4-17 The Blocks World Operators Example 1: The stack action occurs when the robot arm places the object x it is holding is placed on top of object y. Stack(x, y) pre Clear(y) Holding(x) del Clear(y) Holding(x) add ArmEmpty On(x, y) A B
4-18 The Blocks World Operators Example 2: The unstack action occurs when the robot arm picks an object x up from on top of another object y. UnStack(x, y) pre On(x, y) Clear(x) ArmEmpty del On(x, y) ArmEmpty add Holding(x) Clear(y) Stack and UnStack are inverses of one-another. A B
4-19 The Blocks World Operators Example 3: The pickup action occurs when the arm picks up an object x from the table. Pickup(x) pre Clear(x) OnTable(x) ArmEmpty del OnTable(x) ArmEmpty add Holding(x) Example 4: The putdown action occurs when the arm places the object x onto the table. Putdown(x) pre Holding(x) del Holding(x) add Clear(x) OnTable(x) ArmEmpty
4-20 A Plan What is a plan? A sequence (list) of actions, with variables replaced by constants. IG a1 a17 a142
4-21 The STRIPS approach The original STRIPS system used a goal stack to control its search The system has a database and a goal stack, and it focuses attention on solving the top goal (which may involve solving subgoals, which are then pushed onto the stack, etc.)
4-22 The Basic STRIPS Idea Place goal on goal stack: Considering top Goal1, place onto it its subgoals: Then try to solve subgoal GoalS1-2, and continue… Goal1 GoalS1-2 GoalS1-1
4-23 Stack Manipulation Rules, STRIPS If on top of goal stack:Then do: Compound or single goalRemove it matching the current state description Compound goal not matching1. Keep original compound goal on stack the current state description2. List the unsatisfied component goals on the stack in some new order Single-literal goal not matching theFind rule whose instantiated current state descriptionadd-list includes the goal, and 1. Replace the goal with the instantiated rule; 2. Place the rule’s instantiated precondition formula on top of stack Rule1. Remove rule from stack; 2. Update database using rule; 3. Keep track of rule (for solution) NothingStop “Underspecified” – there are decision branches here within the search tree…
4-24 Implementing Practical Reasoning Agents A first pass at an implementation of a practical reasoning agent: (We will not be concerned with stages (2) or (3)) Agent Control Loop Version 1 1. while true 2. observe the world; 3. update internal world model; 4. deliberate about what intention to achieve next; 5. use means-ends reasoning to get a plan for the intention; 6. execute the plan 7. end while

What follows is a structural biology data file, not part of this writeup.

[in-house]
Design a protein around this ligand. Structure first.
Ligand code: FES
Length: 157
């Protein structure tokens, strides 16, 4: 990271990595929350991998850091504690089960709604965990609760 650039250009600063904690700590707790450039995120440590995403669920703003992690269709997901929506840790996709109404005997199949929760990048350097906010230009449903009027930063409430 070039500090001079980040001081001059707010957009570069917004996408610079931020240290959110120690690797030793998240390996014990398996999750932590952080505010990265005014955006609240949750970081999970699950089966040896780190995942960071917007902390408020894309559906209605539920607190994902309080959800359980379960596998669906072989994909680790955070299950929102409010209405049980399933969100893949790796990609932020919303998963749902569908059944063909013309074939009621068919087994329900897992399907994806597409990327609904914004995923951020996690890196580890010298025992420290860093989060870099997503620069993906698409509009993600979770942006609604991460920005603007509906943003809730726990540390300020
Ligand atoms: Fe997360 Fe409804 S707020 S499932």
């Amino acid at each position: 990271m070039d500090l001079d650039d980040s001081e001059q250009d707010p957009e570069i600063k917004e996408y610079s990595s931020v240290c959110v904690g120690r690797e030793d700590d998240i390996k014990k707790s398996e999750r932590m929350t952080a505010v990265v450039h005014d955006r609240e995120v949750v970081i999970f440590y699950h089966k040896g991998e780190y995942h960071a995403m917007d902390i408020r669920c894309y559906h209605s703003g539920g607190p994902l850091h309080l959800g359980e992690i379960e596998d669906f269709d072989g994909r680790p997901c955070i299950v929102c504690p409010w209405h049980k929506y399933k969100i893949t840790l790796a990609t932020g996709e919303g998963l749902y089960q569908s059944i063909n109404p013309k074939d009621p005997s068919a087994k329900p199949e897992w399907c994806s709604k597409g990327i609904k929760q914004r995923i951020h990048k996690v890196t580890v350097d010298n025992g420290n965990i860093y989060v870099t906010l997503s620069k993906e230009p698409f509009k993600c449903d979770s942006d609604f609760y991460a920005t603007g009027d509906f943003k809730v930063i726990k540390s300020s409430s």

4-25 Implementing Practical Reasoning Agents Problem: deliberation and means-ends reasoning processes are not instantaneous. They have a time cost. Suppose the agent starts deliberating at t 0, begins means-ends reasoning at t 1, and begins executing the plan at time t 2. Time to deliberate is t deliberate = t 1 – t 0 and time for means-ends reasoning is t me = t 2 – t 1
4-26 Implementing Practical Reasoning Agents Further suppose that deliberation is optimal in that if it selects some intention to achieve, then this is the best thing for the agent. (Maximizes expected utility.) So at time t 1, the agent has selected an intention to achieve that would have been optimal if it had been achieved at t 0. But unless t deliberate is vanishingly small, then the agent runs the risk that the intention selected is no longer optimal by the time the agent has fixed upon it. This is calculative rationality. Deliberation is only half of the problem: the agent still has to determine how to achieve the intention.
4-27 Implementing Practical Reasoning Agents So, this agent will have overall optimal behavior in the following circumstances: 1. When deliberation and means-ends reasoning take a vanishingly small amount of time; or 2. When the world is guaranteed to remain static while the agent is deliberating and performing means-ends reasoning, so that the assumptions upon which the choice of intention to achieve and plan to achieve the intention remain valid until the agent has completed deliberation and means-ends reasoning; or 3. When an intention that is optimal when achieved at time t 0 (the time at which the world is observed) is guaranteed to remain optimal until time t 2 (the time at which the agent has found a course of action to achieve the intention).
4-28 Implementing Practical Reasoning Agents Let’s make the algorithm more formal:
4-29 Deliberation How does an agent deliberate? begin by trying to understand what the options available to you are choose between them, and commit to some Chosen options are then intentions
4-30 Deliberation The deliberate function can be decomposed into two distinct functional components: option generation in which the agent generates a set of possible alternatives; Represent option generation via a function, options, which takes the agent’s current beliefs and current intentions, and from them determines a set of options (= desires) filtering in which the agent chooses between competing alternatives, and commits to achieving them. In order to select between competing options, an agent uses a filter function.